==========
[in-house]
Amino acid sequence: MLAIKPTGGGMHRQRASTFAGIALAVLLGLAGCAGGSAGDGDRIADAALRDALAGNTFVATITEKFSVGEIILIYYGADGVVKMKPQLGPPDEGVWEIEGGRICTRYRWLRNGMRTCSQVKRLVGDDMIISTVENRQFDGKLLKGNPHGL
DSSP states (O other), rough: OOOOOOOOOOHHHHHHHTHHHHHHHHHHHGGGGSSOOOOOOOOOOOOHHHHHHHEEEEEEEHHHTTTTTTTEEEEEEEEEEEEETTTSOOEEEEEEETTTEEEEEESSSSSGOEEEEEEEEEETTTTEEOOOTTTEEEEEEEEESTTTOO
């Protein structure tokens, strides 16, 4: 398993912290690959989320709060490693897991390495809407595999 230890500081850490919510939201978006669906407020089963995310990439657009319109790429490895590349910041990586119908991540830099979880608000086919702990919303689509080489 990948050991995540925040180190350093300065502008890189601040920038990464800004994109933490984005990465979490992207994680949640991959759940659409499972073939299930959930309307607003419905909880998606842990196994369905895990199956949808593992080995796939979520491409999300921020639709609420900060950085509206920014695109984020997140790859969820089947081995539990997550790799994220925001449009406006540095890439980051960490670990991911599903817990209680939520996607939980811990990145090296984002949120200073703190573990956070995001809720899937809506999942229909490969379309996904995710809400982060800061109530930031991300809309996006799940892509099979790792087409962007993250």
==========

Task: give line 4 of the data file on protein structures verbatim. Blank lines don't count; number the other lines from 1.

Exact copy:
């Protein structure tokens, strides 16, 4: 398993912290690959989320709060490693897991390495809407595999 230890500081850490919510939201978006669906407020089963995310990439657009319109790429490895590349910041990586119908991540830099979880608000086919702990919303689509080489 990948050991995540925040180190350093300065502008890189601040920038990464800004994109933490984005990465979490992207994680949640991959759940659409499972073939299930959930309307607003419905909880998606842990196994369905895990199956949808593992080995796939979520491409999300921020639709609420900060950085509206920014695109984020997140790859969820089947081995539990997550790799994220925001449009406006540095890439980051960490670990991911599903817990209680939520996607939980811990990145090296984002949120200073703190573990956070995001809720899937809506999942229909490969379309996904995710809400982060800061109530930031991300809309996006799940892509099979790792087409962007993250």